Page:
The long shadow of China’s one-child policy
A new care facility for the shidu, parents who have lost their only child, signals a country slowly acknowledging their plight. But, after years of inaction and harassment, it also underscores the vast gulf between what is needed and what the government has been willing to provide
Inthe pictures on the wall, mothers and fathers stand with children, smiling out through the muted colours of aging film. Hung between them are framed Chinese characters. “Looking back on the past,” one says. “Happy times,” says another.
In most old-age homes, it might all bring a nostalgic smile.
On the 13th floor of Beijing Fifth Social Welfare Institute, though, the pictures are hung in a therapy room as a reminder of shared pain. None of the elderly living here has children any longer. They have come, instead, to find a place where they can be together in common grief. Each of them has lost an only child.
They now live in a facility that is the first of its kind in China, an elder-care home devoted to those who paid the highest price from the birth-control policies that the country enforced with an iron fist.
The creation of this place is the most striking attempt yet in China to offer help to those coping with the ugly after-effects of the country’s former one-child policy. And to parents who have fought for redress, its mere existence is a small victory in an effort to have China salve the wounds its policy opened.
But the small number of people who inhabit it – a fraction of those who have lost their children – is also a potent symbol of how, even with the one-child policy now gone, the ugliness it has caused will plague China for many years to come.
Chinese authorities formally ended their single-child restrictions this year, putting a stop to nearly four decades of bedroom surveillance, forced abortions and sterilizations that marked its family-planning regime.
The past, it might seem, has at a stroke vanished, the wrongs of bygone years relegated to history.
But in the aching homes of those known in China as the shidu, parents who lost the only child they were permitted to have, the shadows of the policy will endure for decades.
Now, as increasing numbers of those parents reach retirement age, they are demanding that their sacrifice be recognized. They want governments to assuage their fears of economic uncertainty without another generation to take care of them.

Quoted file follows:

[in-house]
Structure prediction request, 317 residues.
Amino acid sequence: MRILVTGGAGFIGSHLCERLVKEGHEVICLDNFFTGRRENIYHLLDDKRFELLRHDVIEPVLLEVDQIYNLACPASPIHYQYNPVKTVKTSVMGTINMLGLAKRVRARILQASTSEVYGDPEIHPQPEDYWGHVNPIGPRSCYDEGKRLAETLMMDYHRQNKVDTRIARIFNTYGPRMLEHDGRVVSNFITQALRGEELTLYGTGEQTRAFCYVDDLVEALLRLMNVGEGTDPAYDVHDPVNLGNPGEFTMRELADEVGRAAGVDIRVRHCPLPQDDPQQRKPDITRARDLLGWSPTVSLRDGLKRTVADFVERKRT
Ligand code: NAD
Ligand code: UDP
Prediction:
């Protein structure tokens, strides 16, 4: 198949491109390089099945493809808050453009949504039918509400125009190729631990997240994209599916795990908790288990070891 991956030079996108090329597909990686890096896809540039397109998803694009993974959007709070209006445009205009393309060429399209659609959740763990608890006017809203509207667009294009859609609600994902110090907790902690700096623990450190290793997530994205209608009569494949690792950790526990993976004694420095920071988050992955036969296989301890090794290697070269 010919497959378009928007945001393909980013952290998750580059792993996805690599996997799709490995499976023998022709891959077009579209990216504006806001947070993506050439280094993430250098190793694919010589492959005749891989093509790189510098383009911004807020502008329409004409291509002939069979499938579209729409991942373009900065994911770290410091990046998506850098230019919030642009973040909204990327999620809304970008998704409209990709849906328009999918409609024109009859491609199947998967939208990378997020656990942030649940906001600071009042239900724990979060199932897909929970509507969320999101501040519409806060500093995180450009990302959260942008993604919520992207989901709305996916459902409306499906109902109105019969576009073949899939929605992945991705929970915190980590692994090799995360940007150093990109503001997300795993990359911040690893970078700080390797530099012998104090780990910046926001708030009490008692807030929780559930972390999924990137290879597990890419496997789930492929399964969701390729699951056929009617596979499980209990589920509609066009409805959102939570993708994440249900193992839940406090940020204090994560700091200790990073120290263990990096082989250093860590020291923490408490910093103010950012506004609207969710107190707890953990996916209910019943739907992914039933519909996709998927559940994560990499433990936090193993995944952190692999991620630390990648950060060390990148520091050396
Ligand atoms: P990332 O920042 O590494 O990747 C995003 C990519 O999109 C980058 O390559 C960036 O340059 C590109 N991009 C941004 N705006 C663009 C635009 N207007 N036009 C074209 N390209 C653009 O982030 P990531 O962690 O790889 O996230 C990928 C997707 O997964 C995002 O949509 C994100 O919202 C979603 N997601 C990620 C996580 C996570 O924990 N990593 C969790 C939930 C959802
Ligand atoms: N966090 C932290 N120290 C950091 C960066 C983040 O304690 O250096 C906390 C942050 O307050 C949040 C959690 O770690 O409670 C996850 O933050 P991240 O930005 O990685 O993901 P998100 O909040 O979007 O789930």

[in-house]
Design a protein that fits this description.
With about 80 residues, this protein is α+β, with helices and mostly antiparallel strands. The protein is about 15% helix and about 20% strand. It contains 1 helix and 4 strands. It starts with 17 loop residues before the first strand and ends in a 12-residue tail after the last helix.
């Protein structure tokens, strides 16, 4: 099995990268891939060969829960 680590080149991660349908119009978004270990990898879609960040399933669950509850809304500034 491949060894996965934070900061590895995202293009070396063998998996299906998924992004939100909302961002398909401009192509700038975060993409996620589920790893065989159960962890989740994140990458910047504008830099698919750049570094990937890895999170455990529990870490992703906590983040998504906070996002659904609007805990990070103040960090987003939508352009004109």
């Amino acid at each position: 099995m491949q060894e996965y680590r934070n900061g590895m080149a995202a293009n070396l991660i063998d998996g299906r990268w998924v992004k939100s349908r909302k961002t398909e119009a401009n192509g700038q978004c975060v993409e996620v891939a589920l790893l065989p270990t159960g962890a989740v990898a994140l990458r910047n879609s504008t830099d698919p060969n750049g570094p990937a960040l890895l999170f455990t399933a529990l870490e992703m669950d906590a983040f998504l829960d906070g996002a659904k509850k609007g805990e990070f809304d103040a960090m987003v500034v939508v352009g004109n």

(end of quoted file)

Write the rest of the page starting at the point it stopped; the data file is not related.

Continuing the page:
But they also want to be relieved of worry that their senior years will again tear away old scabs, as they enter retirement homes where the happiness of other families will remind them of their loss.
“I am afraid of being together with other normal seniors,” said Cheng Lan, whose only son died by suicide in 1998. “They will have children to come and visit and bring gifts. Seeing that will be devastating.”
What Mr. Cheng and many others want is a place of their own to spend their latter years.
Here on the 12th and 13th floors of Beijing Fifth Social Welfare Institute, a small group of seniors has found it.
Plans call for this entire building, all 17 storeys and 276 beds, to eventually be dedicated to parents with dead single children. This is a pilot project, an attempt to see if there is happiness in shared misery.
“We want to see whether communal living for shidu seniors is good for them,” said Chang Hua, the institute’s director.
The staff have received specialized training in caring for the elderly with an additional burden. They deliver services not available to other seniors, including music therapy and grief counselling.
“We give them the feeling of being in a family,” Ms. Chang said.
Top: Zhang Yufang holds an old photograph of her deceased son in Wuzong, China, in April, 2015. Middle: Su single-child certification in Zhangjiakou, China, in November, 2015. Bottom: Zheng Qing hugs her dead son’s Zhangjiakou, China, in November, 2015.